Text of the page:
The label even has a picture of the aforementioned bear, although this time he’s coyly hiding his, erm, excitement behind a well-placed heraldic shield.

Jean-Paul Mette, Eau-de-vie de Poire Williams

The 7 Spirits You Need to Be Drinking


France; 42% vol.

Alsace is my favourite region in all France. Well, equal favourite with Gascony. The land of castles and eaux-de-vie versus the land of d’Artagnan and armagnac. I guess it’s a tie between the two.

As you know, Alsace lies in the far east of France, between the Vosges Mountains and the mighty River Rhine and it’s had an extraordinary history. Thanks to dust-ups such as the Thirty Years’ War, the French Revolution, the Franco-Prussian War and two world wars, it has switched between German and French control with dizzying regularity. Remarkably, though, its picture postcard-pretty medieval towns and villages such as Beblenheim, Colmar, Obernai, Ribeauvillé and Riquewihr remain intact, complete with twisting cobbled streets and colourful, half-timbered houses.

The climate is benign, the welcome warm, the food excellent and the wines, well, they’re first rate and I could bang on about them indefinitely. There are crisp, dry Rieslings, headily spicy Gewurztraminers, lusciously aromatic Muscats and astonishingly fine sweet wines. Oh and the Pinot Noirs ain’t bad either. What I always forget, though, until I’m in Alsace, is how much I enjoy their spirits too.

They distil all manner of fruit there, producing exceptional, richly scented, colourless spirits that make superb digestifs. If you’ve not had eau-de-vie de mirabelle or quetsch (both plum), coing (quince), framboise (raspberry), fraise (strawberry) or Poire William (pear) you’re in for a real treat.

I discovered Jean-Paul Metté’s Eau-de-Vie de Poire Williams only a few weeks ago when last in Colmar and it knocked my socks off. I’d never had anything as fine. The first time I smelt it, I was whisked straight back to my boyhood, sneaking into my neighbour’s orchard to eat ripe pears straight from the tree. The sticky juice that would run down my chin and my arms smelt just like this.

Jean-Paul Metté (known locally as the Pope of Eaux-de-Vie) founded his small, artisanal distillery in Ribeauvillé in the 1960s and it’s now owned and run by his godson, Philippe Traber and Philippe’s family. Their entire range of eaux-de-vie is a complete delight. Nothing takes me back to Kent, circa 1972, quite like this though.

Domaine Boingneres, Bas Armagnac Cepages Nobles

The 7 Spirits You Need to Be Drinking


France; 48% vol.

The last time I drank this was in the company of some very dashing musketeers. Much to my astonishment and delight, I had been invited by the Compagnie des Mousquetaires d’Armagnac – the very jolly fraternity that promotes the delights of armagnac – to join their merry band at a great knees-up in the medieval cloisters of Condom.

We drained glass upon glass of Pousse Rapière (a fabulous cocktail of armagnac, sparkling wine and orange zest) before we inductees were introduced to the body of the hall with flaming torches and a brief biography. A sash of royal blue, complete with enamel cross, was placed around my shoulders; I signed a leather-bound register and received a parchment and a spirity kiss on both cheeks in return. The capitaine d’honneur spoke so fast that I could barely catch a word he was saying but it seemed to be along the lines that I was a good egg, that I could drink as much free Armagnac as I wanted for life and that whenever I was passing through I could have my wicked way with as many of their wives and daughters as I could manage. Or something like that.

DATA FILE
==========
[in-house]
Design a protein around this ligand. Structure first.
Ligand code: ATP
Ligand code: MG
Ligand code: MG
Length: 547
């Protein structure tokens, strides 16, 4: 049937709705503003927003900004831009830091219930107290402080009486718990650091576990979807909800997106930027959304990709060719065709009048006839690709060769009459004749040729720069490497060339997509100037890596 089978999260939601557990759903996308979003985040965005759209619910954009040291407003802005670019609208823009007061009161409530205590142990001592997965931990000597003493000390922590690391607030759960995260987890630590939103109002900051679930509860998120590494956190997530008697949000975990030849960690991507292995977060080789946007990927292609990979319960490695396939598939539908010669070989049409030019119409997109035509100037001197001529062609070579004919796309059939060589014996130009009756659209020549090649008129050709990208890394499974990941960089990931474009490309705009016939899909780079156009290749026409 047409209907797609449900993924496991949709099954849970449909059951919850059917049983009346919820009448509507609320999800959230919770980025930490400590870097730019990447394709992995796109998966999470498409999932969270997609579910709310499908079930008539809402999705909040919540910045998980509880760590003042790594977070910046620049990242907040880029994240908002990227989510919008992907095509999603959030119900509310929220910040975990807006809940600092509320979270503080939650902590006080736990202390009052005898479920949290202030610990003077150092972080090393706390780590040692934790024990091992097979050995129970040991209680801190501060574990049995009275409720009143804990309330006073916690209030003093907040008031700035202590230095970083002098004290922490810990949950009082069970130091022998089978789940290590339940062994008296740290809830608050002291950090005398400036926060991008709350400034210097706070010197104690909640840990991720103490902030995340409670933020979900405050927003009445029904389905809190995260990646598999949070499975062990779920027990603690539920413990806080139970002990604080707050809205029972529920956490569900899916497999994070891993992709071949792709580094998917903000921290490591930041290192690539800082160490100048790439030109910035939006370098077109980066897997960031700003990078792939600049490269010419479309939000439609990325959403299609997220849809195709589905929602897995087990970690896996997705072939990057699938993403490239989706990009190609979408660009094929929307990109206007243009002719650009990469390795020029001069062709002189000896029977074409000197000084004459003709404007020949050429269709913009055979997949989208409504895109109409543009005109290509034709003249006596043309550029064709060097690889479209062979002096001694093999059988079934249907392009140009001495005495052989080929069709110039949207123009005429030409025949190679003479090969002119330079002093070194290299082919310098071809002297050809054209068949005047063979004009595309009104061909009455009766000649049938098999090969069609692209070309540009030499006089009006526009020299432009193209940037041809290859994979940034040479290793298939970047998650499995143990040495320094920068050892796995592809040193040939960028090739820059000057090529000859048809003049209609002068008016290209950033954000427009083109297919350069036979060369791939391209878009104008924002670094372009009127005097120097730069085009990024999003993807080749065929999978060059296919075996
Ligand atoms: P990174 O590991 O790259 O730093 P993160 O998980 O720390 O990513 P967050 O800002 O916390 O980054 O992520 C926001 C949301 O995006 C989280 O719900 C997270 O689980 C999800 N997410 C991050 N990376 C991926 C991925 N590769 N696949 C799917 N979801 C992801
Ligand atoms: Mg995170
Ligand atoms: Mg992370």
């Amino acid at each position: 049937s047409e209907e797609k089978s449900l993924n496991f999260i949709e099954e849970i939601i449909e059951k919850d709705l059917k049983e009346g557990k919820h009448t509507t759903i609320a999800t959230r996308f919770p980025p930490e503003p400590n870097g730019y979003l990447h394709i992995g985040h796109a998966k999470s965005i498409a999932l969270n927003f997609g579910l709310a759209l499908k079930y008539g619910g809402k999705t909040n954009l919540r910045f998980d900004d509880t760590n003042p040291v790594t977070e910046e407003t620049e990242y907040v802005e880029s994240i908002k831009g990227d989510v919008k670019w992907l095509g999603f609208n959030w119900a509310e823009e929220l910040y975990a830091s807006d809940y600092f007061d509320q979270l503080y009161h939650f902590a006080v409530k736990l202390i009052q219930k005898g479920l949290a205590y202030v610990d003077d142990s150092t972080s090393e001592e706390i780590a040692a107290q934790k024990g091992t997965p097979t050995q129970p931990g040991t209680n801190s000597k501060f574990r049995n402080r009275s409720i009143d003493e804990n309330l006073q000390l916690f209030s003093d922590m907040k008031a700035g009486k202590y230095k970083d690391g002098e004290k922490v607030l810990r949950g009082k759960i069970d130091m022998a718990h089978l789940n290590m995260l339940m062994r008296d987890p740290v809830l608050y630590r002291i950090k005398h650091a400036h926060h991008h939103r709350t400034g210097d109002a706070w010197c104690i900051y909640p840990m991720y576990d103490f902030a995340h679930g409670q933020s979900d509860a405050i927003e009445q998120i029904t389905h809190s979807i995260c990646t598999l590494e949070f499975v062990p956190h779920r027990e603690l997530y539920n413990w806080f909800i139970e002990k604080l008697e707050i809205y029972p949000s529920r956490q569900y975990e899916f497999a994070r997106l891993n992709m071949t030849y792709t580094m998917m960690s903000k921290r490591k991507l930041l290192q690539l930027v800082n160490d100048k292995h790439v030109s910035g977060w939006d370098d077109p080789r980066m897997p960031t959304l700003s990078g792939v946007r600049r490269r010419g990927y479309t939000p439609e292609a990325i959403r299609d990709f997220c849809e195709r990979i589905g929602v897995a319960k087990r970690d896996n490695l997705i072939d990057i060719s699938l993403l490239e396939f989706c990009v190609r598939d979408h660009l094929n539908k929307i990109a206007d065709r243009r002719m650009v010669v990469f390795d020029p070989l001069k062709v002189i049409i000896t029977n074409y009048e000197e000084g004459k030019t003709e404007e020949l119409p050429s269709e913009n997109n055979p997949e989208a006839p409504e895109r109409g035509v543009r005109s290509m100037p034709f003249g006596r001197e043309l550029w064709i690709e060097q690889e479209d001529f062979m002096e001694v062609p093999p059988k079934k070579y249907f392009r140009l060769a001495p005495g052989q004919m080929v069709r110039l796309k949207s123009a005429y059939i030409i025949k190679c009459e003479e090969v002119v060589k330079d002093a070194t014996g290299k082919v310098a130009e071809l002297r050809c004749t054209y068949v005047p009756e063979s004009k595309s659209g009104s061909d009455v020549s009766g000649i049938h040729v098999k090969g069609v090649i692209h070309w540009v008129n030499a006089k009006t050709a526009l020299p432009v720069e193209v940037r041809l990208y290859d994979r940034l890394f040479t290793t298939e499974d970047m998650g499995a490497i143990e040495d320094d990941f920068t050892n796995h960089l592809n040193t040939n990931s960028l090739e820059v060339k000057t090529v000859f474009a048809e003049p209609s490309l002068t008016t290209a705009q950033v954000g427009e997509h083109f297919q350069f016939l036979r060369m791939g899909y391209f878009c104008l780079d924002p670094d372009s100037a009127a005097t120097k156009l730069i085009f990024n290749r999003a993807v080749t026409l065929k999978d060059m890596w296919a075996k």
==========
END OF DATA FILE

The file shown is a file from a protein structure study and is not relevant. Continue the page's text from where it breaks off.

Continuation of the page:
Everyone slapped me on the back and, amid loud cheers and much raising of glasses, I was led back to my chair where a bottle of this wonderful stuff was thrust into my hand: it was mine for the evening and I wasn’t to leave until it was empty.

Domaine Boingnères was founded in 1807 and is one of the region’s great names, run by Martine Lafitte, the sixth generation of her family to have the role. The estate concentrates on using the Folle Blanche grape variety grown in vineyards in Bas Armagnac only. The armagnacs are aged in a mix of charred new oak and old oak barrels and they come out big and powerful. At 48% vol, this example is a much higher strength than is usual for the region, which might explain my sorry disarray when I last drank it.

The King's Ginger Liqueur

The 7 Spirits You Need to Be Drinking


Holland; 41% vol.

Produced exclusively for stately St. James’s Street wine merchant Berry Bros & Rudd (Est: 1698) by De Kuyper Royal Distillers (Est: 1695) in Holland, The King’s Ginger Liqueur recipe was concocted in 1903 by the then Mr Berry and the then doctor to King Edward VII. The king had recently taken delivery of his new horseless carriage – a Daimler no less – and it was felt that a nip of ginger would be just the thing to keep the poor chap protected from the elements as he pootled about in his motor.

Made from top-quality ginger root and lemon oils, it comes in at a bold 41% vol and is alarmingly moreish, being sweet and gingery in the mouth, oily and unctuous. The sweetness then fades to a wonderfully dry, fiery, spicy finish. It’s spectacular on its own – either neat from a hipflask or in a tumbler on the rocks – and makes an excellent addition to all manner of cocktails. It’s also ridiculously tasty poured over vanilla ice cream.